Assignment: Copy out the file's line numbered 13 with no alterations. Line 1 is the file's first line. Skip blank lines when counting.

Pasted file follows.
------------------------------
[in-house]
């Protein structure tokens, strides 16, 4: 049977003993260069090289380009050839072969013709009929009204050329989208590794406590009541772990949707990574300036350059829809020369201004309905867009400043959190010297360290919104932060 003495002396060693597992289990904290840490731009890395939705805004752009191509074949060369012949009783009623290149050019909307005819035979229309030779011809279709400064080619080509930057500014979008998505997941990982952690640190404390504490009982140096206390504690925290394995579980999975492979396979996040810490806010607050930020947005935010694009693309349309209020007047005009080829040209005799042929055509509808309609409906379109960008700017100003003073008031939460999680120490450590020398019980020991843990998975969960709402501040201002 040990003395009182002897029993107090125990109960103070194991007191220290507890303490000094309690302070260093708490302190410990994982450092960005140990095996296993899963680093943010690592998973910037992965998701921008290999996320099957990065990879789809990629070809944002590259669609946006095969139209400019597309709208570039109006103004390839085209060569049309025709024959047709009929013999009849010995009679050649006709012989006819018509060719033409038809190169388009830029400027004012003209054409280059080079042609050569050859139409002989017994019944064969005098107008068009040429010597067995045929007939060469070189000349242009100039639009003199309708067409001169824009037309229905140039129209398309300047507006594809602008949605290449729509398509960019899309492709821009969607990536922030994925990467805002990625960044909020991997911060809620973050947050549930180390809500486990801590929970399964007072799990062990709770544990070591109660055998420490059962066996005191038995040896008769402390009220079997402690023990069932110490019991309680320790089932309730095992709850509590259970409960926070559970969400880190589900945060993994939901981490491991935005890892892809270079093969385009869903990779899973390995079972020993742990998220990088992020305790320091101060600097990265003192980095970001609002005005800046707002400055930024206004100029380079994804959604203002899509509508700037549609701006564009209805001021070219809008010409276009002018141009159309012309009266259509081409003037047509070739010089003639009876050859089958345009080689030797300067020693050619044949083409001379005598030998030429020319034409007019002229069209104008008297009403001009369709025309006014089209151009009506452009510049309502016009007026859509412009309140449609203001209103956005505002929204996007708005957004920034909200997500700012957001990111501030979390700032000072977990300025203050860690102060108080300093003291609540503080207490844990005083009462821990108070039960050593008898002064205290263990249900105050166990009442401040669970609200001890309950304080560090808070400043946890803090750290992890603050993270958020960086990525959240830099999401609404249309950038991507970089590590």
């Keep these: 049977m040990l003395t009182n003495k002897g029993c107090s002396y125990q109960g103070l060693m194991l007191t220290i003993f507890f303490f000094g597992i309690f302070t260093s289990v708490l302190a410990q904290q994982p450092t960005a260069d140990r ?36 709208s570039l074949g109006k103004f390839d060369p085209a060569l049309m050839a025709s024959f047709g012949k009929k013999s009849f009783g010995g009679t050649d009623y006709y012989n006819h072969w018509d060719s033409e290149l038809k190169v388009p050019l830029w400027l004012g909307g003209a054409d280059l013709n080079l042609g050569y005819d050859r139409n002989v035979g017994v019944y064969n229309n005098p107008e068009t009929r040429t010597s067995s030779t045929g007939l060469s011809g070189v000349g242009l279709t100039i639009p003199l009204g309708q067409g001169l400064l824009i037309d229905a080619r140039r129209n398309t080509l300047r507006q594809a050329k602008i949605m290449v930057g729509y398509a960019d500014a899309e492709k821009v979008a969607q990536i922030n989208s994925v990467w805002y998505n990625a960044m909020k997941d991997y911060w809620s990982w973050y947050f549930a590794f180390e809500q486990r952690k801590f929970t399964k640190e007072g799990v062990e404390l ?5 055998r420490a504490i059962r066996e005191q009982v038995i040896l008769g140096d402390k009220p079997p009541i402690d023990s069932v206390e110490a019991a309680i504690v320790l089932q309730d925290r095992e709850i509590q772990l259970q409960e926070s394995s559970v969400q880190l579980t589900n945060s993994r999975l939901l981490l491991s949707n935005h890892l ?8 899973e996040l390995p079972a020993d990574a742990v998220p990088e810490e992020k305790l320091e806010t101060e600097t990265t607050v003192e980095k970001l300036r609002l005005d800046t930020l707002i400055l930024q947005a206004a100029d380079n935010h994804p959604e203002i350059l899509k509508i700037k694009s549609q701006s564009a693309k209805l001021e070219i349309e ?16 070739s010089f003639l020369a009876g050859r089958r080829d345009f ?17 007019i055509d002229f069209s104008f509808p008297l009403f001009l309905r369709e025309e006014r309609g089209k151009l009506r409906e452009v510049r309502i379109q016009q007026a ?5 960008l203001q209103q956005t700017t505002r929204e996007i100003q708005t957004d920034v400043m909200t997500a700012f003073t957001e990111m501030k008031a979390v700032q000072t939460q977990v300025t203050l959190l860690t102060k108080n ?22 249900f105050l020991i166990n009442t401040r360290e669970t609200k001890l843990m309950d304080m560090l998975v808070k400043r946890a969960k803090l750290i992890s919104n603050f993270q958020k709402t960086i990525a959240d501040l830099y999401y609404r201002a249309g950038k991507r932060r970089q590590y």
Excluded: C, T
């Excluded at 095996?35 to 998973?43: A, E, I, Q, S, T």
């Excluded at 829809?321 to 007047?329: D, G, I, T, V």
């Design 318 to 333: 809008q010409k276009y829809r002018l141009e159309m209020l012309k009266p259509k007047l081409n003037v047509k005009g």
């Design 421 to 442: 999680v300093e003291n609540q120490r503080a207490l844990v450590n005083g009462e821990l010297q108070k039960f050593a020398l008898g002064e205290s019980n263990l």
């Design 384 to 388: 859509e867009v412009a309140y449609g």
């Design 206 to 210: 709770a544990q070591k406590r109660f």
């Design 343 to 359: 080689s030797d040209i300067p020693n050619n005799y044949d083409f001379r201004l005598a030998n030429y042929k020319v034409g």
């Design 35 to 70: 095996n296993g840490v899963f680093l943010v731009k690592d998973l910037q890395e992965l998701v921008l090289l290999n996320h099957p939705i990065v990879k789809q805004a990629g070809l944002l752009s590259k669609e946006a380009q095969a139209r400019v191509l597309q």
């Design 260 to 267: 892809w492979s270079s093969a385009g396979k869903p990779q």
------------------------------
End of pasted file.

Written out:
């Design 260 to 267: 892809w492979s270079s093969a385009g396979k869903p990779q």